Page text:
Tuesday, May 26, 2020

May 26: First Day Back at Work, Rain, Poem from "Kyrie"

Exhausted after my first day back at work after having almost a full week off.

More than one person has remarked to me recently that, after so much time isolating and social distancing, human interaction (outside of immediate family) is incredibly draining.  For the past seven days, my social life has been limited to about four people, with occasional text messages from a few others.  I didn't have to put on airs or pretend to be something that I wasn't.

I think all of us wear many different masks in our regular lives.  We switch between them all day long.  Today, for the first time in a while, I had to put on my healthcare worker mask.  When wearing this mask, I am positive, helpful, funny, maybe a little irreverent, and hard-working.  And now, after playing that part for over eight hours, I find myself emptied out, like I don't have a whole lot more to give today.

When I left work this afternoon, the sky was gray as a whale's back.  Rain was coming.  I made a few stops on my way home, and, by the time I parked in front of my house, the downpour had begun.  It has been drizzling, sheeting, thundering, misting, gushing most of the night.

I just stepped outside to let my dog go to the bathroom.  The world smells new and loamy.  I can hear birds piping in the dusk.  Everything is sheened with water.  The heat of the last week has been tempered.  Coolness in the air.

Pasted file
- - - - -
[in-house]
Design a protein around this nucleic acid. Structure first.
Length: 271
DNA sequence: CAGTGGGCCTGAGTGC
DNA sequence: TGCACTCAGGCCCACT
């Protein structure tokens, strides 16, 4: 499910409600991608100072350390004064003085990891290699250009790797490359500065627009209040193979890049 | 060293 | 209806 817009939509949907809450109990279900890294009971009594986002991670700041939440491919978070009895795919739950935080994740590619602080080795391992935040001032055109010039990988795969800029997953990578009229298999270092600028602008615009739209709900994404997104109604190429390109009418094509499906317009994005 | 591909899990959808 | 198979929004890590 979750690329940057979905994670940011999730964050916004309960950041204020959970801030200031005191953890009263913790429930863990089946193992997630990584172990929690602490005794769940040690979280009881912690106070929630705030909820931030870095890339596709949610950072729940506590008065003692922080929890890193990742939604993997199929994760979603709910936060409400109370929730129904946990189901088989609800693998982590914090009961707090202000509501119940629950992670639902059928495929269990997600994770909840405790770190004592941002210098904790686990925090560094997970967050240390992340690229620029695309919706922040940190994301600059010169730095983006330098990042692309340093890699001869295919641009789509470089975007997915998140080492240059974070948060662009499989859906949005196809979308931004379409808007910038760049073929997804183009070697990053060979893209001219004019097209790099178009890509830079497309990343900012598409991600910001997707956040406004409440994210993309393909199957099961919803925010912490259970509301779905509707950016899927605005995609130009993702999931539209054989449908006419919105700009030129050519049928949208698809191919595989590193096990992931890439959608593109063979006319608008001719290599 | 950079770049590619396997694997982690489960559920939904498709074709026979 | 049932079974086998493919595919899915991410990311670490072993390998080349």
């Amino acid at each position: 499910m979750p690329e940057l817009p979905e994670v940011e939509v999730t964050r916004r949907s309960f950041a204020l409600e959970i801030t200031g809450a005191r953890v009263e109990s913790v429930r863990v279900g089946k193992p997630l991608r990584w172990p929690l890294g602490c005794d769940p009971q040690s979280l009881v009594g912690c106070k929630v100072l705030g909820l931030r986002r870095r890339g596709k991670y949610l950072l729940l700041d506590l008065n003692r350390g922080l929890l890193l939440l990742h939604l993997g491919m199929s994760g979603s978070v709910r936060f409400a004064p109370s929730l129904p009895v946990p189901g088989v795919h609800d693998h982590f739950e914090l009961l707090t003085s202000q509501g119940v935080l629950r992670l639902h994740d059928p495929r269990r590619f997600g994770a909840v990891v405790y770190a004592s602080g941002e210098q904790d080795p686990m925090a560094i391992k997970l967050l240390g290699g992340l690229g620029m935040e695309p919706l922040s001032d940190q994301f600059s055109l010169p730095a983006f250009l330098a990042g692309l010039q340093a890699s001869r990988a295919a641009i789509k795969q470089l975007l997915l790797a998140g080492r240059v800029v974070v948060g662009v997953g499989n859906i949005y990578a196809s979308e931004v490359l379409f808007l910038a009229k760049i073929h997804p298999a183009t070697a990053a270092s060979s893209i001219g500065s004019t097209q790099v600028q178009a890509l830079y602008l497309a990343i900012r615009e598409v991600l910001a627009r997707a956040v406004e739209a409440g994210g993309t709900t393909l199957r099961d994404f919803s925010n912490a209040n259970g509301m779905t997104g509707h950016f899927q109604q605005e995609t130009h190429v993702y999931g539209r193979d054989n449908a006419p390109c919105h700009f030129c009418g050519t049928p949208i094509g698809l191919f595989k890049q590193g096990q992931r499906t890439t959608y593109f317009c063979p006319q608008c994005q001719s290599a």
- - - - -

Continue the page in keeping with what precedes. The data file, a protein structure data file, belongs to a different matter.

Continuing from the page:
After a day of wearing a mask, literally and metaphorically, I welcome the miracle of rain and the freshness it brings.  I can almost feel my spirit sprouting like a lilac bush.

And for that, Saint Marty gives thanks.

poem from Kyrie

by:  Ellen Bryant Voigt

Sweet are the songs of bitterness and blame,
against the stranger spitting on the street,
the neighbor's shared contaminated meal,
the rusted nail, the doctor come too late. 

Sweet are the songs of envy and despair,
which count the healthy strangers that we meet
and mark the neighbors' illness mild and brief,
the birds that go on nesting, the brilliant air.

Sweet are the songs of wry exacted praise,
scraped from the grave, shaped in the torn throat
and sung at the helpful stranger on the train,
and at the neighbors misery brought near,
and at the waters parted at our feet,
and to the god who thought to keep us here.

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